Financial Market

Surplus economic units lend their funds “direct” to deficit economic units which are the ultimate borrowers. Financial institutions may facilitate this process by providing financial services in return for fees and commissions. The financial assets issued by the deficit units are held by the surplus units. Indirect finance: Surplus economic units lend their funds to financial institutions (intermediaries) which in turn lend funds to the deficit units which are the ultimate borrowers.

Financial intermediaries earn income by way of net interest margin. The financial assets issued by the deficit units are held by the financial intermediaries that issue separate financial assets to the surplus units. 2. (a) Borrowers and (b) Lenders: O Asset value transformation – the creation of secondary securities that differ in value from the primary securities. 1 Maturity transformation – meets the needs of lenders (who would prefer to lend short term) and borrowers (who would prefer to borrow long term). Credit risk reduction and diversification – the spread and control of credit risk through risk management techniques and expertise. Liquidity provision – the provision of a range of services with a high degree of liquidity e. G. Cheeses, TAMS, EFFETE. (c) National Economy: 4 Increased quantity of national savings. 5 Greater access to savings by investors. 6 Economic development and growth. Disadvantages: 7 Increased cost of borrowing. 8 Reduced return from lending. 9 Financial assets issued by financial intermediaries are less likely to be securities: ii. Able to be sold in a secondary market. 3.

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Financial assets represent claims which surplus units hold against deficit units in direct financing, or in the case of indirect financing, over financial intermediaries which hold claims over deficit units. The claims are created by the lending of funds as they represent an obligation to repay by borrowers and a right to receive by lenders. Only if funds are “given away’ will no financial asset be created. 4. Primary Market: Funds are lent and borrowed in the primary market and new financial assets are Financial Market By dorsally corporation and the creation of new financial assets (the shares).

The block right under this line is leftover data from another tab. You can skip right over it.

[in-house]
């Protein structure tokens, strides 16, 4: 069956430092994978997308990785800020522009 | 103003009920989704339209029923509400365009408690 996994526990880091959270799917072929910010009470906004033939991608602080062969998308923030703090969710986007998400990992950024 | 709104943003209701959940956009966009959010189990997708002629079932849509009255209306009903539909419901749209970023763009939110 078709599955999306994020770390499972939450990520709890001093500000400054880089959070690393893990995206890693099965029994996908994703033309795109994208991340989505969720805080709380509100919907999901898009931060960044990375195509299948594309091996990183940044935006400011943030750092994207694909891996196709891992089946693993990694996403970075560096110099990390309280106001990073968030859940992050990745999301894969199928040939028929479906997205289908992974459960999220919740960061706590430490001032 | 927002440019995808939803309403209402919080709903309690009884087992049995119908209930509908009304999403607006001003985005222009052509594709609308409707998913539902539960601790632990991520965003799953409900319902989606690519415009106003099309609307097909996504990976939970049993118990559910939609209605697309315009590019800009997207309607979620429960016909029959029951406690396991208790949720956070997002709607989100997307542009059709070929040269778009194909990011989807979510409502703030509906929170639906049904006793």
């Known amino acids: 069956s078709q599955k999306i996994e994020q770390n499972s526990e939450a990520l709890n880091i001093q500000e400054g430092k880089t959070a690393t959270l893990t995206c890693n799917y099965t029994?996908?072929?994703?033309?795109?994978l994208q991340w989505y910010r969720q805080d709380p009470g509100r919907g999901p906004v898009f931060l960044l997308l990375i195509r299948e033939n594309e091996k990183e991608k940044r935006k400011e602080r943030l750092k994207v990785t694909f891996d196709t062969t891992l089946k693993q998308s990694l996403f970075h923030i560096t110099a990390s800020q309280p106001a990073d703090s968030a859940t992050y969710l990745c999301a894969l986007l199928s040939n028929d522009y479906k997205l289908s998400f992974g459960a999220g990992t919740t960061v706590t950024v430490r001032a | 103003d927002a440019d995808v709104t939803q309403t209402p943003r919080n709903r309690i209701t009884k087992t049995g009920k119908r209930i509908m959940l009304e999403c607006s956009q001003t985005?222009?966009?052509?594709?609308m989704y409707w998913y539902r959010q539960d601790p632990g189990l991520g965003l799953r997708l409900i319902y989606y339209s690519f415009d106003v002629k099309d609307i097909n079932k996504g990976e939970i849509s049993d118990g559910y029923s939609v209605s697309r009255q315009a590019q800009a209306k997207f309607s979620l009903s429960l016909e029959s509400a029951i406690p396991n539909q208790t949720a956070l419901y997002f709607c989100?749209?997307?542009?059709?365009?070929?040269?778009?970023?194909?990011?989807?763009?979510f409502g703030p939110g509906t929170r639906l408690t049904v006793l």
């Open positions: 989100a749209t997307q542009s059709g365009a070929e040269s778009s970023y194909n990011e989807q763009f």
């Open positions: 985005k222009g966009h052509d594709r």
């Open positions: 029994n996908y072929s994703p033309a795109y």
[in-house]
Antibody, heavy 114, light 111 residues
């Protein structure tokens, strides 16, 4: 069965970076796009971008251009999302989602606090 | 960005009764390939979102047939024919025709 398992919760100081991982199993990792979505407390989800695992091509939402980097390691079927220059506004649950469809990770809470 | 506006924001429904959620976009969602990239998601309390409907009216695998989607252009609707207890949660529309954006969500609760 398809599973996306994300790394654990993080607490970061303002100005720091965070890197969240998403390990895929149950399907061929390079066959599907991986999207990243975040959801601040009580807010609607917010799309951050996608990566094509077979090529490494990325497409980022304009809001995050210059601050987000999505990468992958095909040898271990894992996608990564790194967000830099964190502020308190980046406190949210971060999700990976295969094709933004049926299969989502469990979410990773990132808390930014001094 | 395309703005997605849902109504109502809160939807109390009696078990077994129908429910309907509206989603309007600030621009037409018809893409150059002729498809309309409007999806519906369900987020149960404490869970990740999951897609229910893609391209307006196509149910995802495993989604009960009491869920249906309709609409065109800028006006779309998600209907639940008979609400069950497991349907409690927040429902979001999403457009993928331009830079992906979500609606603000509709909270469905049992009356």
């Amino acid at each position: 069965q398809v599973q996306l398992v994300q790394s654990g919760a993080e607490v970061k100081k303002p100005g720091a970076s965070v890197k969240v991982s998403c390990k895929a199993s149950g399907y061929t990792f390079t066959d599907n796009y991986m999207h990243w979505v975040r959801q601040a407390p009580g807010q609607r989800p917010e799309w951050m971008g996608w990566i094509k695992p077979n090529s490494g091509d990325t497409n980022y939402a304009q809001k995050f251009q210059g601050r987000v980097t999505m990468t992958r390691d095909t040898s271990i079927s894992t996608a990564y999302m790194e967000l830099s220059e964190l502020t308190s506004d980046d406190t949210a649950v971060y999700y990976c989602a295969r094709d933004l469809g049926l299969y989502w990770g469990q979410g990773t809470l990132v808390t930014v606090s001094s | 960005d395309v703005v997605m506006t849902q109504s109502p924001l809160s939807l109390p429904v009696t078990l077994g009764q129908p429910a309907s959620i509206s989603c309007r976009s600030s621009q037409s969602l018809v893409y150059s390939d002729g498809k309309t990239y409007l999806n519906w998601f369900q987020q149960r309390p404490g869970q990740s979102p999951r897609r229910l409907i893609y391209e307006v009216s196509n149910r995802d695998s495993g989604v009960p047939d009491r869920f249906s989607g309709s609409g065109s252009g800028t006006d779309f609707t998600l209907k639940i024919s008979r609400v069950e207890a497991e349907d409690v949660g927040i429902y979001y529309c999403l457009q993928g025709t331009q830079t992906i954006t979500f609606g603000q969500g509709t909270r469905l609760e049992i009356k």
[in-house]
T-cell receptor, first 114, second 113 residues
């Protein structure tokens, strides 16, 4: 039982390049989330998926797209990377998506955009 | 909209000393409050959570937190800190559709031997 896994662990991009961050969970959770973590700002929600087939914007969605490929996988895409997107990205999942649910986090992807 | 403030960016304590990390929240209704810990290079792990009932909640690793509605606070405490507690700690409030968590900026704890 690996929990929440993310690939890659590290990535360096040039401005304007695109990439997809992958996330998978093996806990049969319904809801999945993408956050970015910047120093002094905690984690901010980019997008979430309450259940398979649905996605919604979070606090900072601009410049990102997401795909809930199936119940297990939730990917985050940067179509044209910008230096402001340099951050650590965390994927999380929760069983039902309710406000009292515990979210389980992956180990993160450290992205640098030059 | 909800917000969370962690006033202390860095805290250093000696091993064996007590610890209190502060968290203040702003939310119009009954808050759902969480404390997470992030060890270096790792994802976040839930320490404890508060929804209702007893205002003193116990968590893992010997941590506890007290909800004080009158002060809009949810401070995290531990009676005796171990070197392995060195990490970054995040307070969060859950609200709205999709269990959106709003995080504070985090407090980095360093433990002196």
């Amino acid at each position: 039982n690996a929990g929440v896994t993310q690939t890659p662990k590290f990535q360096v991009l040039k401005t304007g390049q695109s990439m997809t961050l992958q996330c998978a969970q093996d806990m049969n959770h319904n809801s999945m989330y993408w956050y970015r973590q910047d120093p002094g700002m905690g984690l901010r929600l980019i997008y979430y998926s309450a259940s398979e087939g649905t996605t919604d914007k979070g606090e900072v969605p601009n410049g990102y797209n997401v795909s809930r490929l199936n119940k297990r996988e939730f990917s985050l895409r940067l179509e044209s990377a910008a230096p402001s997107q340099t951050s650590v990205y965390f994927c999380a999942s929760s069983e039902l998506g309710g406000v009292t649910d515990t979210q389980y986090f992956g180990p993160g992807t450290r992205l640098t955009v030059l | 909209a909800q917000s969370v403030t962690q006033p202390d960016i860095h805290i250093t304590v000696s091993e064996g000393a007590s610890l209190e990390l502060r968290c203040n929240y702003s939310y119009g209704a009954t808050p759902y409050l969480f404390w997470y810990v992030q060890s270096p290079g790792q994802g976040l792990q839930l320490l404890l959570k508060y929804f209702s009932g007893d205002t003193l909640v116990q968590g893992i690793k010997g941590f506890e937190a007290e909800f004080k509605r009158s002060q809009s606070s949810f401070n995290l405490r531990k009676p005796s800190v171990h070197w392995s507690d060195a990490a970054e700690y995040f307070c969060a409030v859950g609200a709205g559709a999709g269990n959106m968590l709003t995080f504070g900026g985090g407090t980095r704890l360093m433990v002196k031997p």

This is often referred to as an Initial Public Offer (PIP) or “float”. The issue of treasury bonds by the government, to finance a budget deficit, for example, represents the creation of ewe financial assets (the bonds). This is done by a tender process and the bonds are usually sold to banks and other financial institutions. Secondary Market: Secondary market transactions represent the purchase and sale of existing financial assets. These transactions do not result in the creation of any new financial assets but simply represent a change in ownership of existing assets and not the borrowing and lending of new funds.